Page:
Obama's Panel: A Rebuke to the NSA, Vindication for Edward Snowden

In response to the contractor's leaks, prominent voices in all three branches of government have now called for reining in the surveillance state.
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A panel President Obama convened to assess the National Security Agency in the wake of Edward Snowden's leaks has issued a 308-page report with this message: To protect privacy, civil liberties, and security, the NSA ought to be reformed. 

The panel's 46 recommendations, all implicit critiques of the way the NSA operates now, would rein in the agency in many of the ways civil libertarians have urged. The timing of the report is significant, since it comes just after a federal judge issued a ruling calling the NSA's phone dragnet "almost Orwellian" and likely unconstitutional. In other words, despite surveillance state protestations that its programs are legal, unobjectionable, and subject to oversight by all three branches of government, assessments of the program after the Snowden leaks have now resulted in strong rebukes from a federal judge, numerous legislators, and now a committee formed by the president himself. 

Some of the most significant reforms suggested:

  • The government's storage of bulk metadata is a risk to personal privacy and civil liberty, and as a general rule, "the government should
    not be permitted to collect and store mass, undigested, non-public personal information about US persons." Following this recommendation would end the Section 215 collection of telephone-call records as now practiced. 
  • The conversations Americans have with people overseas should have more protection. 
  • There should be new limits on the ability of FISA courts or National Security Letters to compel third parties to turn over private business records. 
  • Telephone companies and Internet providers should be able to reveal general information about the amount of data that the government is requesting.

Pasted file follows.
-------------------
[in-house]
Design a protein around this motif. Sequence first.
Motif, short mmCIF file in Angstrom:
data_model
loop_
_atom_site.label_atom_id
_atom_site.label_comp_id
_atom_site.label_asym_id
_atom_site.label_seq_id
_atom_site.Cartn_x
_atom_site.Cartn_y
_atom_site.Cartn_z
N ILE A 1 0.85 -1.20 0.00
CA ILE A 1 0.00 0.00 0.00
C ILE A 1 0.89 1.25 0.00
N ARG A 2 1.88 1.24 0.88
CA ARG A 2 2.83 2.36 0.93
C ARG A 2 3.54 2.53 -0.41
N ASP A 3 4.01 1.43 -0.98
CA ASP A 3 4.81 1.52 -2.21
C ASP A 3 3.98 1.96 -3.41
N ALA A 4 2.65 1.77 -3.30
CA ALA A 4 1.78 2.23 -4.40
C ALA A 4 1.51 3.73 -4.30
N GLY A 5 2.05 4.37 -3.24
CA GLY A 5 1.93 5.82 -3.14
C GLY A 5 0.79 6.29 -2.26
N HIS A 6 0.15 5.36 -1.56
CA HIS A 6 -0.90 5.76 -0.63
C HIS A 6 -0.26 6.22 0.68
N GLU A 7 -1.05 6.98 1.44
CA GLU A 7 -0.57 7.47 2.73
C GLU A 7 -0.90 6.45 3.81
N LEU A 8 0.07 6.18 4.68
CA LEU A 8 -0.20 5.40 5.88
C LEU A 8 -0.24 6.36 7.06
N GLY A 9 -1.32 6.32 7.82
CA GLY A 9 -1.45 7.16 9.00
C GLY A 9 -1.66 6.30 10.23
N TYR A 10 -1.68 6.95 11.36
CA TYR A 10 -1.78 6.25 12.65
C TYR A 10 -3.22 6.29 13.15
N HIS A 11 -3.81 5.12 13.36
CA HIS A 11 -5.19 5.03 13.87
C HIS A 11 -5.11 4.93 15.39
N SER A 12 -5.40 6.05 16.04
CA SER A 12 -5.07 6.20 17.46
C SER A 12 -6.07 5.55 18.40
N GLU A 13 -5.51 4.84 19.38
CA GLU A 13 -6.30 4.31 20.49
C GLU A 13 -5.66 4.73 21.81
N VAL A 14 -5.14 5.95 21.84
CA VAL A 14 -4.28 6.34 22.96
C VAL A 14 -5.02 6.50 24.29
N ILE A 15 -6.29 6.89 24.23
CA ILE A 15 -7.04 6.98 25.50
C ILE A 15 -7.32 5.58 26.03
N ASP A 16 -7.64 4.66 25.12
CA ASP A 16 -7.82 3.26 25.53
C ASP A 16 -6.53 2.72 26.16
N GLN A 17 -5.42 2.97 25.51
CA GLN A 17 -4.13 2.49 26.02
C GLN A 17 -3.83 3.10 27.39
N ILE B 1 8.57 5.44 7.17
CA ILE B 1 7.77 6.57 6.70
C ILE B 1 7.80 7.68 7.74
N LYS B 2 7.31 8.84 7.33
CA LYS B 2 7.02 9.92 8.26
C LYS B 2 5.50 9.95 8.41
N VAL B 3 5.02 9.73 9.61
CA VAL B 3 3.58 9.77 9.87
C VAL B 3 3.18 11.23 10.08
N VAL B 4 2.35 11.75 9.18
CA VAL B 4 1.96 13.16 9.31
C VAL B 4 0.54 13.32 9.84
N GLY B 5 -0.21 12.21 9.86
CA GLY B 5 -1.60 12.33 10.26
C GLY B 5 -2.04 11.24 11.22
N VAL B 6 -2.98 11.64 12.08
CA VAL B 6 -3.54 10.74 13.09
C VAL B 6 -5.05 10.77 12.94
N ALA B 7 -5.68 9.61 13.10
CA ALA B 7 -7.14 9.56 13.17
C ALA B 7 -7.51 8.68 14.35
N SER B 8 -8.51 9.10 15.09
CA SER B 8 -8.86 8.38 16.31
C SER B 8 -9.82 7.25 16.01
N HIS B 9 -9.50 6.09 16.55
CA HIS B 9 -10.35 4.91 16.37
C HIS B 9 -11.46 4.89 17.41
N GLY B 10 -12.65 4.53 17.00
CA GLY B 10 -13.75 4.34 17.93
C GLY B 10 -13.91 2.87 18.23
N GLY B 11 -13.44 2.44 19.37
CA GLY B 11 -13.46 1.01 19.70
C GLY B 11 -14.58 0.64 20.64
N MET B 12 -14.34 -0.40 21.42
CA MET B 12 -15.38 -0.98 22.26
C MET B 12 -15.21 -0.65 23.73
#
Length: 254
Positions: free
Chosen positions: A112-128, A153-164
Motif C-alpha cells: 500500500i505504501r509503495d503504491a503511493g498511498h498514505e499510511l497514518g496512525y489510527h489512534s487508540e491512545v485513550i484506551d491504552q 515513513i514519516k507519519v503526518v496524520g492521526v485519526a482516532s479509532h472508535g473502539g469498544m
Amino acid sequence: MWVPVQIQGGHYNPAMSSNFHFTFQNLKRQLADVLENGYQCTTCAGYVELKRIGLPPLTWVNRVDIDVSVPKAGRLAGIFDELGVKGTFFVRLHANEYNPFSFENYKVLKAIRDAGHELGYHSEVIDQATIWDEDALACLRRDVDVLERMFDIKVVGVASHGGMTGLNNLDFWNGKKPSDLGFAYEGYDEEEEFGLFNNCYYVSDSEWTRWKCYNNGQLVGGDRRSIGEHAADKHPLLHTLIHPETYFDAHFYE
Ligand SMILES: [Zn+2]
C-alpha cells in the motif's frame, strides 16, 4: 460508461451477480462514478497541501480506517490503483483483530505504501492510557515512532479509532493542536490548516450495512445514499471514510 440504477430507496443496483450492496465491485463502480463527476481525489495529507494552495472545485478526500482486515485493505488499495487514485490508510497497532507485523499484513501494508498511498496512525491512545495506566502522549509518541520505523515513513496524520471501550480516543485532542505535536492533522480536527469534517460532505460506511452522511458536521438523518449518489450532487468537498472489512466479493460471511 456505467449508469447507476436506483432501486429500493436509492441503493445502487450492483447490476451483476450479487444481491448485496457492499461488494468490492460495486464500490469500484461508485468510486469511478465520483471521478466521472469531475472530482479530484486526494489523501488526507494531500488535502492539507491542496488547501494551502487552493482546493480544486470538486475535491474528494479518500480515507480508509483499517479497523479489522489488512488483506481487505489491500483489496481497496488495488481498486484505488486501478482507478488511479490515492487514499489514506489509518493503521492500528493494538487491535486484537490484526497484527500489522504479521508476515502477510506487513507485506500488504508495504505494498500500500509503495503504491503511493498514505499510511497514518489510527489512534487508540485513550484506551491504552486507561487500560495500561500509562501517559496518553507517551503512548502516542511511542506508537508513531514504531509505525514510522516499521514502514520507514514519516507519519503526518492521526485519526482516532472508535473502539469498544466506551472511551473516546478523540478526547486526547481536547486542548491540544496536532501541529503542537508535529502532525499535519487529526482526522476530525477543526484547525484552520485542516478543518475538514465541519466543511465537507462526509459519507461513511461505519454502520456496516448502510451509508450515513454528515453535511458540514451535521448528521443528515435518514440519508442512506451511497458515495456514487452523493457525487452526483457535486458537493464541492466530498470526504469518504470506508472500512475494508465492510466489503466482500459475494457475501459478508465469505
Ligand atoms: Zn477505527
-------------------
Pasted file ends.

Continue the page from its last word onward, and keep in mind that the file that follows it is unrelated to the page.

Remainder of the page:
• Regular people in foreign countries should enjoy at least some protections against unconstrained NSA surveillance. 
  • The NSA should not intentionally weaken encryption or exploit security flaws in commercial software that have not yet been made public. 
  • The director of the NSA and the head of the U.S. military's cyber command should not be the same person.
  • The secret court that grants FISA requests should be an adversarial proceeding, not one in which the government gets to make its arguments unopposed.

There is much more to the report. I'll be discussing additional aspects of it in coming days, including its strengths and weaknesses. For now, the bullet points above are sufficient to draw this conclusion: A review convened by the executive branch has now called for significant reforms to virtually every program made public by the Snowden leaks.

If a government employee or contractor leaks classified information to the press, and the result is a judicial finding that the government has violated the Fourth Amendment, multiple pieces of bipartisan reform legislation circulating Congress, and a review for the president that suggests reforms to multiple secret programs, what do you call the leak? I call it whistleblowing. 

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Conor Friedersdorf is a staff writer at The Atlantic, where he focuses on politics and national affairs. He lives in Venice, California, and is the founding editor of The Best of Journalism, a newsletter devoted to exceptional nonfiction.

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